Johnson Gets the McCarthy Treatment

On Wednesday, when Speaker Mike Johnson walked his conference through the contours of his deal with Chuck Schumer, his right flank revolted.
On Wednesday, when Speaker Mike Johnson walked his conference through the contours of his deal with Chuck Schumer, his right flank revolted. Photo: Drew Angerer/Getty Images
Tina Nguyen
January 10, 2024

Way back in 2018, long before his out-of-nowhere ascent to House speaker, Mike Johnson was just another far-right backbencher, charged by the House Republican Conference with assembling a list of the “7 Core Principles of Conservatism”: individual freedom, limited government, fiscal responsibility, the rule of law, and (also unfashionably these days) free trade. And by the standards of 2018, the framework for the spending bill that Johnson tentatively struck this week with Chuck Schumer might be considered a minor win: It would hold overall spending flat relative to the last deal Schumer struck with Kevin McCarthy, claw back $10 billion from Democrats’ $80 billion infusion into the I.R.S., and rescind $6.1 billion in Covid-related spending—a $1.59 trillion bill that, at the very least, would “move the process forward.”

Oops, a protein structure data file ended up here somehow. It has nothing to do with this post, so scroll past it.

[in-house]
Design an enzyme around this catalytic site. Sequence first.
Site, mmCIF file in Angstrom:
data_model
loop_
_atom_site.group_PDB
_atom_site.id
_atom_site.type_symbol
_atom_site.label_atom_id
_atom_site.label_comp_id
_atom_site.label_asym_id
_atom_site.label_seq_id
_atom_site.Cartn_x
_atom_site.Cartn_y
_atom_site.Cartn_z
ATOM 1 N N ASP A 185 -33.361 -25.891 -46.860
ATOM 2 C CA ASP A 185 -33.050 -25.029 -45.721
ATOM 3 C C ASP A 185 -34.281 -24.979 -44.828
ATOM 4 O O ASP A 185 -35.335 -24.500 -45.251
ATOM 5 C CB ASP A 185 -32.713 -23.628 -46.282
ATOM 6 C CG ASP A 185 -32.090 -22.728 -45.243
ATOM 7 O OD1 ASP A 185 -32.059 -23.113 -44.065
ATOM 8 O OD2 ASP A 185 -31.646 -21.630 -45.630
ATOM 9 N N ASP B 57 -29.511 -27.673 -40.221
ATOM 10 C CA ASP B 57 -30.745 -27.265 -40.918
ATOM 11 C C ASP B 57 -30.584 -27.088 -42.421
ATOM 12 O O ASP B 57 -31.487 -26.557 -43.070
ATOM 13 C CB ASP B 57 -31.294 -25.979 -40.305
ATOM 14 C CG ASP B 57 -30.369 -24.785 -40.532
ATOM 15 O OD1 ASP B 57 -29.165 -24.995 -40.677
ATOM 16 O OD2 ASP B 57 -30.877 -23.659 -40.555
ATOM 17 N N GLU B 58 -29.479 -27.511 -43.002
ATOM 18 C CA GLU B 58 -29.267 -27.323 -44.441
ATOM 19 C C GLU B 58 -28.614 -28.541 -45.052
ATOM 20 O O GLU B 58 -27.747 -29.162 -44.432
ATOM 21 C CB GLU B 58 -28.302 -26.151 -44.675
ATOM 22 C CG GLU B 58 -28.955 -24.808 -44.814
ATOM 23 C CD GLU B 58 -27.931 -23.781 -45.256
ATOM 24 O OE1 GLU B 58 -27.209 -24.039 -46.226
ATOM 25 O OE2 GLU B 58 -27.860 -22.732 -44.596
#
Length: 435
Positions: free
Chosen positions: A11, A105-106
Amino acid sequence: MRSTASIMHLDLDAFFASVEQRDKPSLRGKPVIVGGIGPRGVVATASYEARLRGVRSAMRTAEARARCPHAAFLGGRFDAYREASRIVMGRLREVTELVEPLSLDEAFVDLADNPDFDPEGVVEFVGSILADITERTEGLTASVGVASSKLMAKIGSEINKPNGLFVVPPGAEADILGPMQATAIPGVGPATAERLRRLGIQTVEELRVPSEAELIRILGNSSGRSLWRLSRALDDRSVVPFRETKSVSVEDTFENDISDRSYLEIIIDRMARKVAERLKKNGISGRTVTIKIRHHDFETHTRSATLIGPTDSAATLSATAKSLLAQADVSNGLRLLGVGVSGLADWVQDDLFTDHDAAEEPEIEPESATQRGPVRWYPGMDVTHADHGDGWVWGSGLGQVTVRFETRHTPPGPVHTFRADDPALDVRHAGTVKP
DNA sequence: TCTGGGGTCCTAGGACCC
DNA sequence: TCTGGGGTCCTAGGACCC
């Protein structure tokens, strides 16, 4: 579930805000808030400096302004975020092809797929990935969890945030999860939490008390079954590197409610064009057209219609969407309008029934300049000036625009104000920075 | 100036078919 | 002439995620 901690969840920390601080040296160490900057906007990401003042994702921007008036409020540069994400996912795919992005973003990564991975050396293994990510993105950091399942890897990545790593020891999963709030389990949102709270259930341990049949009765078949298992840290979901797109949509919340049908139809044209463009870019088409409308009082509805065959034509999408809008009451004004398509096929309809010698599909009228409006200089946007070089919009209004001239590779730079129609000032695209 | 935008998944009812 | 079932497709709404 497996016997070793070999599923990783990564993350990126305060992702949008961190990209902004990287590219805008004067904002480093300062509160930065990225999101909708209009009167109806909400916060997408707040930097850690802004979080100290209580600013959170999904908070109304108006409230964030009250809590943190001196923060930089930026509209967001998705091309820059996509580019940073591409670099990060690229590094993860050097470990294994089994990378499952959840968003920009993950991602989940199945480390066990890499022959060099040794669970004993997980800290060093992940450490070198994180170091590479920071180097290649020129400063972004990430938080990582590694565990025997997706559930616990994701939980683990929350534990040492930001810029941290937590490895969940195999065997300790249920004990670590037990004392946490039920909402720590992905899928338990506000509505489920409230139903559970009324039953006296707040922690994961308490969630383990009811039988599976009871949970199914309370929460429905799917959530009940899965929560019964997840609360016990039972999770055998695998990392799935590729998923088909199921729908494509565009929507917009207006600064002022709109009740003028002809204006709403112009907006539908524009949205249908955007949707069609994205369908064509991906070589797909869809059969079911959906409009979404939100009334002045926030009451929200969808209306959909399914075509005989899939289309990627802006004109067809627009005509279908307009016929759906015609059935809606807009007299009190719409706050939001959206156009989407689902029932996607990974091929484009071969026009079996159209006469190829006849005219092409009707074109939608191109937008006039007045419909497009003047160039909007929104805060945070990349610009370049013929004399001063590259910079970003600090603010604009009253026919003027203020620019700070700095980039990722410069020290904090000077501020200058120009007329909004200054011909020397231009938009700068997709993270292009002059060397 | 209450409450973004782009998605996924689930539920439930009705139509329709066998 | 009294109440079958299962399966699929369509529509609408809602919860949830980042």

While incremental, his wins were definitionally conservative. But, as one plugged-in Republican close to the House’s conservative wing told me, it is “not enough for the Freedom Caucus.” Alas, this is 2024, and the number of right-wing grievances has snowballed since Johnson published his “7 Core Principles”: trillions of dollars for Covid relief, authorized by Trump and then Biden; the American Rescue Plan; the Inflation Reduction Act; and finally and most egregiously, the aforementioned deal then-Speaker McCarthy struck with Democrats that largely maintains historically high levels of spending.